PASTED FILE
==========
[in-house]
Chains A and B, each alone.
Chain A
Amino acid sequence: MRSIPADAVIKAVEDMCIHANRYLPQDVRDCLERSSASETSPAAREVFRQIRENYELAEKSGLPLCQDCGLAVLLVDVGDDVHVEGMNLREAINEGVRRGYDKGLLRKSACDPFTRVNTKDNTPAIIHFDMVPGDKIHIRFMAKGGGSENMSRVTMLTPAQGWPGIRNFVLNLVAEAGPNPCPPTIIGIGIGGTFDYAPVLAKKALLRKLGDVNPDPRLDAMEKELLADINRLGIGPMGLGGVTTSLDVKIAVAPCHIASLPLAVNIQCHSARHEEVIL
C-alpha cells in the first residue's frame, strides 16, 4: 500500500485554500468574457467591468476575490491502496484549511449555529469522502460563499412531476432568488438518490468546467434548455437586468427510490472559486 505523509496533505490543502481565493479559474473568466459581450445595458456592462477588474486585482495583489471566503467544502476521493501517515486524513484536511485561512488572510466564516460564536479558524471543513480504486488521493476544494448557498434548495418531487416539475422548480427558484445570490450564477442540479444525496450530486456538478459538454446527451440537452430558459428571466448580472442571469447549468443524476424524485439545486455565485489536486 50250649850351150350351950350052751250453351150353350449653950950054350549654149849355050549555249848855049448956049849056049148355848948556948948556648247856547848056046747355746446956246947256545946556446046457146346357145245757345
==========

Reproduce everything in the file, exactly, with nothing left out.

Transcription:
[in-house]
Chains A and B, each alone.
Chain A
Amino acid sequence: MRSIPADAVIKAVEDMCIHANRYLPQDVRDCLERSSASETSPAAREVFRQIRENYELAEKSGLPLCQDCGLAVLLVDVGDDVHVEGMNLREAINEGVRRGYDKGLLRKSACDPFTRVNTKDNTPAIIHFDMVPGDKIHIRFMAKGGGSENMSRVTMLTPAQGWPGIRNFVLNLVAEAGPNPCPPTIIGIGIGGTFDYAPVLAKKALLRKLGDVNPDPRLDAMEKELLADINRLGIGPMGLGGVTTSLDVKIAVAPCHIASLPLAVNIQCHSARHEEVIL
C-alpha cells in the first residue's frame, strides 16, 4: 500500500485554500468574457467591468476575490491502496484549511449555529469522502460563499412531476432568488438518490468546467434548455437586468427510490472559486 505523509496533505490543502481565493479559474473568466459581450445595458456592462477588474486585482495583489471566503467544502476521493501517515486524513484536511485561512488572510466564516460564536479558524471543513480504486488521493476544494448557498434548495418531487416539475422548480427558484445570490450564477442540479444525496450530486456538478459538454446527451440537452430558459428571466448580472442571469447549468443524476424524485439545486455565485489536486 50250649850351150350351950350052751250453351150353350449653950950054350549654149849355050549555249848855049448956049849056049148355848948556948948556648247856547848056046747355746446956246947256545946556446046457146346357145245757345